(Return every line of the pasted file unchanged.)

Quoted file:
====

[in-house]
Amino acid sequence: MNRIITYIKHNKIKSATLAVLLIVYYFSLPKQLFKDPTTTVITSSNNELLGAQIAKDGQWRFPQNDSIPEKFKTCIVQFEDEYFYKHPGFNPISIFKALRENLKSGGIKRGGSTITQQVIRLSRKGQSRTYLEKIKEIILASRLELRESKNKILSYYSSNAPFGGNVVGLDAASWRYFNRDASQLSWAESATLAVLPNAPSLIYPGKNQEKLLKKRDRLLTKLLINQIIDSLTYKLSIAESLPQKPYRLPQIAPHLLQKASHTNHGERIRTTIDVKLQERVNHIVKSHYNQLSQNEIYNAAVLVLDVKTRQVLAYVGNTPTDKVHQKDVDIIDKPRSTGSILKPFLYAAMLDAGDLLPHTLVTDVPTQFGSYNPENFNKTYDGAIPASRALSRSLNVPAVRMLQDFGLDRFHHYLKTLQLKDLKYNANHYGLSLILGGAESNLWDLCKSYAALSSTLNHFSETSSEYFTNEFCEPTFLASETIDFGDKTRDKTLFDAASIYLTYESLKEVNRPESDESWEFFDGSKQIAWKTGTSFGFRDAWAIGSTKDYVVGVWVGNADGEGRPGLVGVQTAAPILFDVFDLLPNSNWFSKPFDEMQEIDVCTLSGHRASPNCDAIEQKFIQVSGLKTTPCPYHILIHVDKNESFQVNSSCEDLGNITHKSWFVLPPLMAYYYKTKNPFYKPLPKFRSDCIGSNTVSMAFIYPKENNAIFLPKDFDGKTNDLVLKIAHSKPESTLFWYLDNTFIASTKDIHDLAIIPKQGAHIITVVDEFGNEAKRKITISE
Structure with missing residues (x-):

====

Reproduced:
[in-house]
Amino acid sequence: MNRIITYIKHNKIKSATLAVLLIVYYFSLPKQLFKDPTTTVITSSNNELLGAQIAKDGQWRFPQNDSIPEKFKTCIVQFEDEYFYKHPGFNPISIFKALRENLKSGGIKRGGSTITQQVIRLSRKGQSRTYLEKIKEIILASRLELRESKNKILSYYSSNAPFGGNVVGLDAASWRYFNRDASQLSWAESATLAVLPNAPSLIYPGKNQEKLLKKRDRLLTKLLINQIIDSLTYKLSIAESLPQKPYRLPQIAPHLLQKASHTNHGERIRTTIDVKLQERVNHIVKSHYNQLSQNEIYNAAVLVLDVKTRQVLAYVGNTPTDKVHQKDVDIIDKPRSTGSILKPFLYAAMLDAGDLLPHTLVTDVPTQFGSYNPENFNKTYDGAIPASRALSRSLNVPAVRMLQDFGLDRFHHYLKTLQLKDLKYNANHYGLSLILGGAESNLWDLCKSYAALSSTLNHFSETSSEYFTNEFCEPTFLASETIDFGDKTRDKTLFDAASIYLTYESLKEVNRPESDESWEFFDGSKQIAWKTGTSFGFRDAWAIGSTKDYVVGVWVGNADGEGRPGLVGVQTAAPILFDVFDLLPNSNWFSKPFDEMQEIDVCTLSGHRASPNCDAIEQKFIQVSGLKTTPCPYHILIHVDKNESFQVNSSCEDLGNITHKSWFVLPPLMAYYYKTKNPFYKPLPKFRSDCIGSNTVSMAFIYPKENNAIFLPKDFDGKTNDLVLKIAHSKPESTLFWYLDNTFIASTKDIHDLAIIPKQGAHIITVVDEFGNEAKRKITISE
Structure with missing residues (x-):